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Carnival Is Taking on Water, But Don’t Abandon Ship

Carnival Corp. (NYSE:CCL) was sinking around 6% on Tuesday thanks to lowered guidance, the latest chapter in a rather disappointing track record lately. Carnival stock is down 10% year-to-date and off almost 18% from its February highs thanks to some trouble with its ships and poor earnings.

However, with a 3% dividend yield and a lot of negativity priced in, there might be smooth sailing ahead. The cruise industry generally is doing quite well and Carnival stands to benefit, even if its current brand tarnish is admittedly a short-term drag on shares.

The trouble at Carnival hopefully doesn’t need much rehashing, since it had more than its share of bad press in the last several months. In February, the Carnival Triumph suffered an engine fire and stranded 4,200 passengers in squalid conditions. Then another ship lost power briefly at sea in April, prompting the company to pledge as much as $700 million in repairs and upgrades for its fleet.

All this after the Costa Concordia capsized off the Italian coast in 2012, resulting in the deaths of 32 people. The ship was owned by — you guessed it — Carnival Corp.

Oh yeah, and there also was an outbreak of norovirus on a voyage of operator Royal Caribbean Cruises (NYSE:RCL).

But CCL stock remained resilient, pushing up almost 33% from February 2012 to February 2013 despite some of the ugly news.

That was largely because of an industry-wide boom for cruise companies in the past year or so. Take a look at some of these numbers:

  • In February, Disney (NYSE:DIS) reported that its parks and resorts segment, which includes Disney Cruise Line, saw revenues grow by 10%. That’s a great sign for broader travel trends as well as the cruise business. Then in April, Q1 numbers showed big profit growth thanks to a 73% surge in operating income to Parks and Resorts on a 14% sales increase.
  • Royal Caribbean set a record for trips to Australia last year, up 34% from 2010. It’s pacing another record in 2013.
  • The U.K. Passenger Shipping Association reported a record 2012, with embarkations up 10% year-over-year for the fourth double-digit increase in the past seven years.
  • Bar Harbor, Maine, boasted a new record in 2012, too — and has bookings on track for yet another record in 2013.
  • Just this February, Carnival set a new record for the number of bookings in a singly week — 187,283 gross reservations across its 24-ship fleet.
  • The 2013 annual report from the Cruise Lines International Association pegs global passenger growth at 3% and North American passenger growth at more than 2% despite the spate of bad news. Also in the report, 68% of travel agents told CLIA that bookings should be comparable or better than 2012 numbers.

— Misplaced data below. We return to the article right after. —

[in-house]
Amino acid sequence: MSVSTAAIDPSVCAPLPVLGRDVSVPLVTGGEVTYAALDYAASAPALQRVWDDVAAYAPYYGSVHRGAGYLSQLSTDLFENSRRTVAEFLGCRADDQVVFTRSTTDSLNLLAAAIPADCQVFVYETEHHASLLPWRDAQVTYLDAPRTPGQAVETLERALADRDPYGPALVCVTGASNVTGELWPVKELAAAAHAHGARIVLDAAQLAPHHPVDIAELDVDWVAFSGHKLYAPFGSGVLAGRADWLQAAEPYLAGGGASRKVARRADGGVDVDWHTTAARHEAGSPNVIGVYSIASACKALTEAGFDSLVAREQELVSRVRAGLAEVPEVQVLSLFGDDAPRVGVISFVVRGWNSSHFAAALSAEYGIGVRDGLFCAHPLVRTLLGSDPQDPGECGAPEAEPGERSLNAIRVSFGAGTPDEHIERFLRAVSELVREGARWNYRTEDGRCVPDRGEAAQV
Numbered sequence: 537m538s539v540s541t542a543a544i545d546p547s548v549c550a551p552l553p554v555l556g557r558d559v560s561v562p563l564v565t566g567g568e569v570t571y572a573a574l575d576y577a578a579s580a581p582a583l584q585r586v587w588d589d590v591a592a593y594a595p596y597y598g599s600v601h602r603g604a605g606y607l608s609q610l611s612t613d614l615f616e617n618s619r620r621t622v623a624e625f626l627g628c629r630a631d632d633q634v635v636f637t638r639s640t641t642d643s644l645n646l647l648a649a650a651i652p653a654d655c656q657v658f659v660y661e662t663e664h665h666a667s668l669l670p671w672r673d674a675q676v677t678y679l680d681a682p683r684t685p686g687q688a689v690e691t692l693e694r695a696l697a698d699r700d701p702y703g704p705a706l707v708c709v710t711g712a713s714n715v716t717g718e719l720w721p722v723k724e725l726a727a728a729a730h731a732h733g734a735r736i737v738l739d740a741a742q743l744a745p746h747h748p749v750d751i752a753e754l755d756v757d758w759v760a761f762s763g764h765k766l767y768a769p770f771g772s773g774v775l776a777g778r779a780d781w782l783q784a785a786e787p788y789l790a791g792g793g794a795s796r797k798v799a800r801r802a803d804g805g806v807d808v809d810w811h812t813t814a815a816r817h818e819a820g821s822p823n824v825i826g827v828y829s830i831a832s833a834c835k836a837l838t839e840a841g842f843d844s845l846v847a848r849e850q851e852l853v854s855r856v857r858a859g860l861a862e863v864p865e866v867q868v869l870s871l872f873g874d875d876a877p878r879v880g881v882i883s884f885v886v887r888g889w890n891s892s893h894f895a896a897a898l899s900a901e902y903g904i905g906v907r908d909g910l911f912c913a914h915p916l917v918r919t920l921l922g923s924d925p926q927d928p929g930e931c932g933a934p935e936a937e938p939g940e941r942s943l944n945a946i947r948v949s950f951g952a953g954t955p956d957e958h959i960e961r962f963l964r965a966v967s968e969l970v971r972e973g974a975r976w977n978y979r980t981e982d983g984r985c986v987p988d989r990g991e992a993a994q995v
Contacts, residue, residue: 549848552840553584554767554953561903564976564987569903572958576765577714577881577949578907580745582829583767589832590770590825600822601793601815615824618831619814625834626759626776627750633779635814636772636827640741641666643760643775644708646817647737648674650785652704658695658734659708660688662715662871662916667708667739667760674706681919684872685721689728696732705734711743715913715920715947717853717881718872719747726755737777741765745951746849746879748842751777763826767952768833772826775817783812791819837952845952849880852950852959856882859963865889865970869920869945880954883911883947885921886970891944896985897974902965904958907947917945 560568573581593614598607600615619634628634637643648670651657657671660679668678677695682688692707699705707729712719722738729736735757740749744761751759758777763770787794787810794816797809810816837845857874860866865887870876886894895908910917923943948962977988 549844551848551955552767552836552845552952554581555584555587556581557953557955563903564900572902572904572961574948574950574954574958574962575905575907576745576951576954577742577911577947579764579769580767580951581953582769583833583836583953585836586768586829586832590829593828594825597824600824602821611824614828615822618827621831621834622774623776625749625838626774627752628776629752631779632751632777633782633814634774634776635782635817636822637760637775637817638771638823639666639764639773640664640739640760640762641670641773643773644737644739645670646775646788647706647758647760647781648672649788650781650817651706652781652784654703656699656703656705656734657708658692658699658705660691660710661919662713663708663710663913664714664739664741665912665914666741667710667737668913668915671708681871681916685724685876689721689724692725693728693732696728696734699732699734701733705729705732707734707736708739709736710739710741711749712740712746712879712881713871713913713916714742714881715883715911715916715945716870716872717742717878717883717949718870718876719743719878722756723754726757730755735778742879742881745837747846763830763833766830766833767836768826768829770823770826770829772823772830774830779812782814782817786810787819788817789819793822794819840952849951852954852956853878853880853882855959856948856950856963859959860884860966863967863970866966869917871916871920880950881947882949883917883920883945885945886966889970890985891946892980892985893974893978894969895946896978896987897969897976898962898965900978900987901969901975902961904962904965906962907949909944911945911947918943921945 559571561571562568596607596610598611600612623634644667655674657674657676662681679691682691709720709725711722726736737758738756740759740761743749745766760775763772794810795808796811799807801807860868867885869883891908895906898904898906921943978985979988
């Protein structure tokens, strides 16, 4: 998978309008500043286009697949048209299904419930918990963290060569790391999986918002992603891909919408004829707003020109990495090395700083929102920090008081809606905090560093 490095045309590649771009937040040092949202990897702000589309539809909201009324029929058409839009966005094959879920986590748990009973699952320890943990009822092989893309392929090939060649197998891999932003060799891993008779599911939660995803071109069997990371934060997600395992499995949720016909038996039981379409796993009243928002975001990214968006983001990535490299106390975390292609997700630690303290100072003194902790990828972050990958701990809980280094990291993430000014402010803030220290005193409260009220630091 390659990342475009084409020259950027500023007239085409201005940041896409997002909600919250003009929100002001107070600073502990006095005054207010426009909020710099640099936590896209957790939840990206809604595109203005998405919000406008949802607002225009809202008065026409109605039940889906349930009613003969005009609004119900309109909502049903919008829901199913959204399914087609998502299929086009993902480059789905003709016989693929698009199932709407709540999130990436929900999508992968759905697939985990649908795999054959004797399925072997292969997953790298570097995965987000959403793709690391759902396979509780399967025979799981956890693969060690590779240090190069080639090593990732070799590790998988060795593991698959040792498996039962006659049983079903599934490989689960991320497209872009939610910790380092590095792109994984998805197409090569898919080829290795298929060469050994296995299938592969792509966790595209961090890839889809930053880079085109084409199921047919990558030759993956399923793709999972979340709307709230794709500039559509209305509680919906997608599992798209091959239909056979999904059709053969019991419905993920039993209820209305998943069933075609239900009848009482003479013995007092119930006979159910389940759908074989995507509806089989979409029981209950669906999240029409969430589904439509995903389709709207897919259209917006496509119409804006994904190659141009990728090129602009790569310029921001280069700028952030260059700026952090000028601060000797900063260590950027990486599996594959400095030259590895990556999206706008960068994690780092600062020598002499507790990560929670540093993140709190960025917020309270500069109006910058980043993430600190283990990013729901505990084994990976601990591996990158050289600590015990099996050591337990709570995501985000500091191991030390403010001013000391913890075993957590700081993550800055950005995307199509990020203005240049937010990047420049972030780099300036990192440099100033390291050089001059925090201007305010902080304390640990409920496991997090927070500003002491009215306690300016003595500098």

There are serious concerns, of course. Carnival just updated guidance for the second half of the year that showed reduced earnings forecasts despite strong bookings. Instead of flat profits, it now expects a 2% to 3% decline across late 2013, with full-year EPS between $1.45 to $1.65 instead of $1.80 to $2.10. Clearly there is an impact from recent repair costs and lower margins as CCL looks to build goodwill with passengers again.

But on the flip side, consider that Royal Caribbean just posted a 62% jump in Q1 profits and trounced expectations.

In other words, this is not a sinking industry. Yes, consumers aren’t feeling especially eager to spend, but one of the most affordable family vacations is a one-week cruise — particularly if you can drive to the port and not worry about airfare.

With a 3% dividend yield and the hopes of continued updrafts in the cruise market, dominant player Carnival seems like it’s getting close to bargain valuations. While the P/E is now more than 15 based on new fiscal 2013 forecasts, another 5% to 10% dip could make this a pretty attractive play. Carnival is soundly profitable and has taken most of its lumps already — another disaster at sea notwithstanding, of course.

Royal Caribbean also seems pretty fairly valued, with a P/E just under 15 based on FY2013 numbers, though a much more meager yield of just 1.2%. Disney is an option too, though clearly the media business and other operations make this less of a pure play on the cruise business.

I think Carnival will come back strong in the second half of 2013, and would consider CCL stock a “buy” under $31 a share. The current downtrend might last for a bit longer, but the cruise industry is here to stay — and so is Carnival.

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Jeff Reeves is the editor of and the author of “The Frugal Investor’s Guide to Finding Great Stocks.” Write him at or follow him on Twitter via @JeffReevesIP. As of this writing, he did not own a position in any of the stocks named here.

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